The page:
This blog is coming to you from Cottage Grove, Oregon where I am a columnist for the local newspaper. My 'Chatterbox' column is about reminiscing the experiences of real life in the 1950s to the present. The 'Cook's Corner' segment features updated, country-style cooking.
Real life. Real food. Enjoy!
My husband and I just returned from another 1800-mile
marathon road trip. This one was all about grandchildren in Southern Calif. I
mostly ride shotgun on these trips but this time I did about half of the
driving. As the alternate designated driver I discovered that driving severely
cramps my style as spotter of places to investigate and/or shop. i.e. landmarks
and antique stores! But I still did good.
The small town of Anderson, Calif. is one of our favorite
stopping spots. It’s a town much like Cottage Grove with a population of about
9,000 people. Until recently its biggest attraction for us was the good, home
cooking at Vittles restaurant (liver and onions); the antiques at Marigold’s
Shop; some historical fire engines; easy gasoline access and the Shasta Outlet
We often stay overnight at an RV Park south of Redding and
make our way into Anderson the next morning. But we were driving our car this
time so we checked into a local hotel and headed for dinner in 98° F. heat. We
had a good meal at Vittles and were paying our bill when I noticed a brochure
soliciting funds for “Anderson’s Veterans Walk of Honor.” Hmm. Interesting.
I asked the waitress where the veteran’s memorial was
located and she said, “I really don’t know. People keep asking me. No one else
seems to know either so I guess I’d better find out.” Memo to readers: Always
know how to direct travelers to places of interest in your hometown and
Well, downtown Anderson is about half the size of Cottage
Grove, so we figured that we could find the memorial. We drove slowly up and
down the four-blocks-long town and sure enough, there it was–tucked between
the Firehouse Cocktail Lounge and Allen & Dahl Funeral Chapel. We parked
across the street in front of the railroad tracks, exited the car and were hit
by a blast of hot air. We began to wonder whether this was going to be worth
the effort. It was.
Entering the gates of a transformed, formerly weed-infested
vacant lot gave me chills. The tiny memorial park was just right. On either
side of the entrance were Walls of Honor with nameplates honoring local
veterans from many wars. At the end of a bricked walkway stood a 30-ft tall
flagpole and a giant American eagle. Trees shade the area and there are benches
for loved ones to sit and contemplate. In a busy world, it is a quiet and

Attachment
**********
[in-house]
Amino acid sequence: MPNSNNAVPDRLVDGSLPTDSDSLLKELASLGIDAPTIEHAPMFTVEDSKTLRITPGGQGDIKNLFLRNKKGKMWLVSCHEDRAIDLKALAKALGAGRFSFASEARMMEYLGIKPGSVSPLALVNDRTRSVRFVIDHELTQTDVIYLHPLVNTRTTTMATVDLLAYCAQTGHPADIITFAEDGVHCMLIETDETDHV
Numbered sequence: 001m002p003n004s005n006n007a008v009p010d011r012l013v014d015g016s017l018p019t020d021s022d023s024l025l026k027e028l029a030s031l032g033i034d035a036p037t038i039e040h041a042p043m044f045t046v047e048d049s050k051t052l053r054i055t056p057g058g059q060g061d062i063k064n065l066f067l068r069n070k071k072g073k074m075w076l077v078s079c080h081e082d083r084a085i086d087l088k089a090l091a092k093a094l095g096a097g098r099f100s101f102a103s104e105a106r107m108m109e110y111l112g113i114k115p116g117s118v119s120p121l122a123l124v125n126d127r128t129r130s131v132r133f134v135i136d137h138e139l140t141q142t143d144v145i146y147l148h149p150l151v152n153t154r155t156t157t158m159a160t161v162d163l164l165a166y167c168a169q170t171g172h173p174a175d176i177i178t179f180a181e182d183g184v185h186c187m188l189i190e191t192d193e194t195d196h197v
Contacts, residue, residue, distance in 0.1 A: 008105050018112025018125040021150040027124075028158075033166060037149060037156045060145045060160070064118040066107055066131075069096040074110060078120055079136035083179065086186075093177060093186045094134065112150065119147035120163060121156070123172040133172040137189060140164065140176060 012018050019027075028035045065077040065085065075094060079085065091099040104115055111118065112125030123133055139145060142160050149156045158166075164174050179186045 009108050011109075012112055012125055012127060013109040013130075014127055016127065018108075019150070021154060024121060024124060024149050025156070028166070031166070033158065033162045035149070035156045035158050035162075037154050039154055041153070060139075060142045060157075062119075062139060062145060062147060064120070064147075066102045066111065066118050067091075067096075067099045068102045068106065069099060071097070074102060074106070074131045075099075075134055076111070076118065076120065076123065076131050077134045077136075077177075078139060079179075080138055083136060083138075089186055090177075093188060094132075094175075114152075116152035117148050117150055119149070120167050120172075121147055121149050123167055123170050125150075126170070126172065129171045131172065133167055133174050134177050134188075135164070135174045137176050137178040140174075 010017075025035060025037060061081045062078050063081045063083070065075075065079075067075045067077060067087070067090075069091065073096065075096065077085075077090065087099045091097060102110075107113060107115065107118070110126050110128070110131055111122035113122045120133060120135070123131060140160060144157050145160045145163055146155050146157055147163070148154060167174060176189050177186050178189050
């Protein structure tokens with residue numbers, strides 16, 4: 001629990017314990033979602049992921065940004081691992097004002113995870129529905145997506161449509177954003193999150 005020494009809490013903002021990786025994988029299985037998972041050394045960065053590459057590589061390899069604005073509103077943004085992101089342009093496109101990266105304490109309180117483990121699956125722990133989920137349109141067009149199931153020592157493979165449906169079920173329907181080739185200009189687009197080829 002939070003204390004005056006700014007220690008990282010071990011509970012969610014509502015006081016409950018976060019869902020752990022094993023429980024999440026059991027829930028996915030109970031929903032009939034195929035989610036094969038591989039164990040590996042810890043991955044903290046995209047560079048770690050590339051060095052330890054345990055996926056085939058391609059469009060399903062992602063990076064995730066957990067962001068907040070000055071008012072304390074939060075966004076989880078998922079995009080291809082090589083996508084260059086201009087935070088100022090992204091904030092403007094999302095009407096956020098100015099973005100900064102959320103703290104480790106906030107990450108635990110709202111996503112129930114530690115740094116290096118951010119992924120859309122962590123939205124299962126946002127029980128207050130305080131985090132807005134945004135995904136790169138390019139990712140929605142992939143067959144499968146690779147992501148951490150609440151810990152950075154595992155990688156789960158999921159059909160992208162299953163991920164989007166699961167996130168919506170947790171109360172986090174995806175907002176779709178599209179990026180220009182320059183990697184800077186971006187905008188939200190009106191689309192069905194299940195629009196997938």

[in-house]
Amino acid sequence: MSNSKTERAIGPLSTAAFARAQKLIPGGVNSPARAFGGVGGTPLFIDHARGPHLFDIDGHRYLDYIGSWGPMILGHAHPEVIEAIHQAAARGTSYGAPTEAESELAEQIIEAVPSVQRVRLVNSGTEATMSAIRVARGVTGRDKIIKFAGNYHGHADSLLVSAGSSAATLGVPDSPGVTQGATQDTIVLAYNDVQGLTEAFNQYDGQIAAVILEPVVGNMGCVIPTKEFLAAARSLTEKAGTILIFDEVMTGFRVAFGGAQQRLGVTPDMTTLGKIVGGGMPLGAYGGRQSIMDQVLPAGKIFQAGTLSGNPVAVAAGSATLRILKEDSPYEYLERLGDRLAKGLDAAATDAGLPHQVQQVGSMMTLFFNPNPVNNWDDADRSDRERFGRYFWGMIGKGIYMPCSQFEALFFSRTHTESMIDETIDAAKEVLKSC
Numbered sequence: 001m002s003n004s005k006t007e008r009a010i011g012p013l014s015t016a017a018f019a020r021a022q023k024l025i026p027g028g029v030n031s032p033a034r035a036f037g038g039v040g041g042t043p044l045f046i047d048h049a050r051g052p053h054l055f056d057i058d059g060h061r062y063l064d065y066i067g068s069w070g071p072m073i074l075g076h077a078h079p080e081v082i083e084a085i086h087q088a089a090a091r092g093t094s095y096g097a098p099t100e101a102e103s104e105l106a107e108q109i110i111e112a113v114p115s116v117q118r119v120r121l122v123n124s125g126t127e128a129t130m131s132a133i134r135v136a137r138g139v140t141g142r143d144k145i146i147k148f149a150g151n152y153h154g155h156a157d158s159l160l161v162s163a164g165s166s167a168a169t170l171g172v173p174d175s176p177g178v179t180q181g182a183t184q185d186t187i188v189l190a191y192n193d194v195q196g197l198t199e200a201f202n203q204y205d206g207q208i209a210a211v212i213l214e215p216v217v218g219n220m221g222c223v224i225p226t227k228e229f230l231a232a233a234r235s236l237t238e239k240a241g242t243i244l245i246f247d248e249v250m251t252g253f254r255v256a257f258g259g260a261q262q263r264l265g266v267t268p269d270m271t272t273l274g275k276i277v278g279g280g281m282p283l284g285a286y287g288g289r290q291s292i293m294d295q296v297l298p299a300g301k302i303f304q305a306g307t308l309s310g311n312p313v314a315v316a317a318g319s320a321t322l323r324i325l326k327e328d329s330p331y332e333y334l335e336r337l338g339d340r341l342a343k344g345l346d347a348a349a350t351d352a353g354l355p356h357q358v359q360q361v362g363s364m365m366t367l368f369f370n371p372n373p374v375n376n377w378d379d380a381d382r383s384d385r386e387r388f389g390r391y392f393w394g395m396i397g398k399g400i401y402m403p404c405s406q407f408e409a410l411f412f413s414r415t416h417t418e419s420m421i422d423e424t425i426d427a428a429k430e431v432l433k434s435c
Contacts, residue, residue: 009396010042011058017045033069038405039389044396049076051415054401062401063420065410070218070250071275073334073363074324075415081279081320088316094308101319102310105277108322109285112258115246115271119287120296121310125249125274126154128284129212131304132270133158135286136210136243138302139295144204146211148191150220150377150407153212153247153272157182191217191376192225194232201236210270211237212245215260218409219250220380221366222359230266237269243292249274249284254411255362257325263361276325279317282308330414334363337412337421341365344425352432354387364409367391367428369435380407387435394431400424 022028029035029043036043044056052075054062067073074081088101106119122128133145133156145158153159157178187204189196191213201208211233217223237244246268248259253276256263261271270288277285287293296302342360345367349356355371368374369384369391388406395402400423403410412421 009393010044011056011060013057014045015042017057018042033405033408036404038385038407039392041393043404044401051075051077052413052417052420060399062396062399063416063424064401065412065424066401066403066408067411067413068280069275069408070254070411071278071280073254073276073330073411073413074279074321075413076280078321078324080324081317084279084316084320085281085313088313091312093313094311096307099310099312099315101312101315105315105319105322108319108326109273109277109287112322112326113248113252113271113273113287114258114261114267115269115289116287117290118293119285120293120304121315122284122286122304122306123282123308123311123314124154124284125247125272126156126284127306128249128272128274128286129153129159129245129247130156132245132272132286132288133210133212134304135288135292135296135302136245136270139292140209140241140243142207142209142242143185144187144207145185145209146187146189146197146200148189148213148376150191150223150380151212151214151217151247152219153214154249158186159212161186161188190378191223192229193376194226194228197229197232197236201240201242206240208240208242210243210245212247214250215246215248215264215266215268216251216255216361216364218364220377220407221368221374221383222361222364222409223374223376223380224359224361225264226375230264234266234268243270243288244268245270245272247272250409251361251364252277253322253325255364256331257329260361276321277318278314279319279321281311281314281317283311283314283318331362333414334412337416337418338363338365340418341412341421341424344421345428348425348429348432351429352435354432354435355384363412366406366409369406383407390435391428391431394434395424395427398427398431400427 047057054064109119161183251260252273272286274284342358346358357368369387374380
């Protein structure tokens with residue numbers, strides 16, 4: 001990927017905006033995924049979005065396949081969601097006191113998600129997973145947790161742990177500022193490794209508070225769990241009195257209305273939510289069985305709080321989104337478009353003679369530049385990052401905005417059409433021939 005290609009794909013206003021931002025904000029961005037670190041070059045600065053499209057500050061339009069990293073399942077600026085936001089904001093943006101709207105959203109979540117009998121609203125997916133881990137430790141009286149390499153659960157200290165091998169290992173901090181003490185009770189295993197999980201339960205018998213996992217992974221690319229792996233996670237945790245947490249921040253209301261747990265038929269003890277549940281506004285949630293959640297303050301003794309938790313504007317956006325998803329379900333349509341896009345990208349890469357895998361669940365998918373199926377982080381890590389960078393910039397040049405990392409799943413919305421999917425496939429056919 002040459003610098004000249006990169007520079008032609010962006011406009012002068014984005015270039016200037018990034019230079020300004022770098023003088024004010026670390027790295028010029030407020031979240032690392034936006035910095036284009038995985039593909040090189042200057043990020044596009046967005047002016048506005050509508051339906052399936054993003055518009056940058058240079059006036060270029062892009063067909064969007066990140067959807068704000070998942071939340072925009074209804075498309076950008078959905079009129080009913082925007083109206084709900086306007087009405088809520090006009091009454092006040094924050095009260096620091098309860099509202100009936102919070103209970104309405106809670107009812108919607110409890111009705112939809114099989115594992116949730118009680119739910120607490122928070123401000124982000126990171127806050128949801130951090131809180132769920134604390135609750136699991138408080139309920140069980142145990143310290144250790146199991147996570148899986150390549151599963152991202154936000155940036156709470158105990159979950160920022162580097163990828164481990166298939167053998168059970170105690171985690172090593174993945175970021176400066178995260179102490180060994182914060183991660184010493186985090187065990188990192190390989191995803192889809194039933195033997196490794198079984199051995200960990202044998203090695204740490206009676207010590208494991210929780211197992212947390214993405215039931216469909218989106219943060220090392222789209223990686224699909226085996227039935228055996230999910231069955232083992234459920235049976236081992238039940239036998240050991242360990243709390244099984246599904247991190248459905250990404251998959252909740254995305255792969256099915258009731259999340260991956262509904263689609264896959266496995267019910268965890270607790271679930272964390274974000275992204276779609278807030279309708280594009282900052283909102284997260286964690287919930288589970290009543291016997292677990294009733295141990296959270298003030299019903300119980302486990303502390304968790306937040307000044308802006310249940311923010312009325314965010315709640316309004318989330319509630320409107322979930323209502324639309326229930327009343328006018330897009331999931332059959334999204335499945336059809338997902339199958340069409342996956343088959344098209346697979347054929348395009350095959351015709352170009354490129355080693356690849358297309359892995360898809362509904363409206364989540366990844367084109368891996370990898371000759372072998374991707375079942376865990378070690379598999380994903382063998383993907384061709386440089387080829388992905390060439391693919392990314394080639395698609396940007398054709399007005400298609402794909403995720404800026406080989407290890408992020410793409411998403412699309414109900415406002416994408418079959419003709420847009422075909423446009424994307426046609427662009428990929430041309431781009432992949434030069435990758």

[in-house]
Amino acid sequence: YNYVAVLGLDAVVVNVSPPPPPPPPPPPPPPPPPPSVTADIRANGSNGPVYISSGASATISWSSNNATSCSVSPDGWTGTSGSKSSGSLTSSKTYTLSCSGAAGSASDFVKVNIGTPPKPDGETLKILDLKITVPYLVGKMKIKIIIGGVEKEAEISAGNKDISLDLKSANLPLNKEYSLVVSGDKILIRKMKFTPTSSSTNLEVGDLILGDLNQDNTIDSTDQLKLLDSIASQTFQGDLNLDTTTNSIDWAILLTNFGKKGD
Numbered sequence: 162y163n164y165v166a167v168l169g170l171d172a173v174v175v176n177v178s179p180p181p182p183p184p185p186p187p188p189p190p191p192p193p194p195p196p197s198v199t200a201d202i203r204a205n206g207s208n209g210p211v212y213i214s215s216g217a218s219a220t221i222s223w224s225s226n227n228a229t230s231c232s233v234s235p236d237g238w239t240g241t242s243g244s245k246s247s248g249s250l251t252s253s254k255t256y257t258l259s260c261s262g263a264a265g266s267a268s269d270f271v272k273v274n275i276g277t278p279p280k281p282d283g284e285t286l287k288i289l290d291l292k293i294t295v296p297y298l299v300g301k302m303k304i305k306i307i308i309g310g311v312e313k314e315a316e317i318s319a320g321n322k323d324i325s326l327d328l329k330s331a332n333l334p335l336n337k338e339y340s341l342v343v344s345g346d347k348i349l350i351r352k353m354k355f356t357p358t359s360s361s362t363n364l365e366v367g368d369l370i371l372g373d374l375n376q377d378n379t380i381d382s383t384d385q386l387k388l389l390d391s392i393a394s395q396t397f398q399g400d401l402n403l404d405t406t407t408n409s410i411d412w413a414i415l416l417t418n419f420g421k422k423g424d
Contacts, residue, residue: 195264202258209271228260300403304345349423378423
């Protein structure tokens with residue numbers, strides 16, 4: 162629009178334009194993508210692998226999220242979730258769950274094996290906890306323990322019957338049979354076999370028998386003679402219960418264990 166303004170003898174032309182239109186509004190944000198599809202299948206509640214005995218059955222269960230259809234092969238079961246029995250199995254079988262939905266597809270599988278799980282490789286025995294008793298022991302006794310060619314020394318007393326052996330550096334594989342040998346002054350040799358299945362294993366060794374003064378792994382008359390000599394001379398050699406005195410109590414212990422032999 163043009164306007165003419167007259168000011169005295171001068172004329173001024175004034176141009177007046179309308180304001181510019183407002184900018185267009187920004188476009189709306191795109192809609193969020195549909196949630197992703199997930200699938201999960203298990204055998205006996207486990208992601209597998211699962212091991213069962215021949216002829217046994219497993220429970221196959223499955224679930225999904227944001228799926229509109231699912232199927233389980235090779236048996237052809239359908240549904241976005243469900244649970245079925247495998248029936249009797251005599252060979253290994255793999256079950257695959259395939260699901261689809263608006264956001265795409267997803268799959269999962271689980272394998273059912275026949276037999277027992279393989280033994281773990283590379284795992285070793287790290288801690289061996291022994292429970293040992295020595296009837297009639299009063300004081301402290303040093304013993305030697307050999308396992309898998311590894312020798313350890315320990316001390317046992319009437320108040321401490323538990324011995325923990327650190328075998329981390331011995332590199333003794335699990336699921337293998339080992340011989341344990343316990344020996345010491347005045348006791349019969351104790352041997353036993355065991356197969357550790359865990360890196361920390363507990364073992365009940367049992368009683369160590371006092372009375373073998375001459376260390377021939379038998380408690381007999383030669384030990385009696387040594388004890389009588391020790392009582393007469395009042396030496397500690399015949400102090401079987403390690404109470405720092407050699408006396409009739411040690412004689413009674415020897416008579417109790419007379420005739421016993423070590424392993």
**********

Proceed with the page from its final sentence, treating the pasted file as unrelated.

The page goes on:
Large three-ft. tall, concrete letters designate the areas
representing veterans from WWI, WWII, Korea, Vietnam, Desert Storm, Iraq and
Afghanistan. The glass Wall of Honor contains 300 brass-plated nameplates. Many
families have two or three generations on the wall. The two oldest names in the
park are from the Civil War and the Spanish –American War.
The Veteran’s Walk of Honor was dedicated on Dec. 18, 2011.
It is a shining example of what can happen when the general public and
government work together. Anderson, the community, wanted to honor its veterans
and be sure that future residents remembered them. So how did they afford this
project in light of dwindling financial resources in this day and age?
According to a press release, one man was the brains behind
the project. Assistant Manager and Public Works Director Jeff Kiser was
credited for helping ensure the project’s success. It cost about $300,000 to
prepare the property, plan and build the memorial. But the public contributed
nearly $200,000 of that money through donations and fundraising benefits. The
remainder of the money came from the city and a piece of property they sold.
The first Wall of Honor’s plaques are at capacity, so they
are now building two more walls: Freedom and Liberty. The donation for the
plaques is $100 for each veteran’s nameplate. It is a small price to pay to
salute those who have given so much for so many. It is a gem of respect and
honor often seen in small towns.
We saluted the veterans and reluctantly left the memorial,
walking down the street, past scruffy empty bars and other businesses. We
headed for Fire Hall No. 1. We like old fire engines and have visited this restored
building (and its flag pole) many times. The bronze sign designating its
history is also a trip down memory lane. It reads:
ANDERSON HISTORIC FIRE STATION
1946 Van Pelt Truck
“Originally constructed in 1903 on this site as a two-story
building, the Anderson Fire Station was completed for a cost of $90 for used
lumber and nails. Initial firefighting equipment included twelve buckets, four
axes, three sections of hose and a hand drawn hose cart.
The first motorized fire equipment purchased for the station
was a 1924 Dodge chemical truck, which was sold for scrap for the war effort in
1943. This was replaced by the 1941 and 1946 Van Pelt trucks, which are still
housed in the station.”
Inside the building (behind glass doors) are the 1941 and
1946 Van Pelt Trucks. They sparkle as only fire engines can and the overhead
sign reads: “Positively only firemen allowed on truck.”
As we drove away I reflected on the doomsayers that say
small towns are dead. I don’t think so. They may be struggling but they’ve
still got heart. We could tell that the heart of Anderson was still beating
red, white and blue, because they had the foresight to preserve their gratitude
for our veterans and a piece of town history in a visible manner. It’s the
stuff this country is made of.
God bless the USA!
Betty Kaiser’s Chatterbox is about people,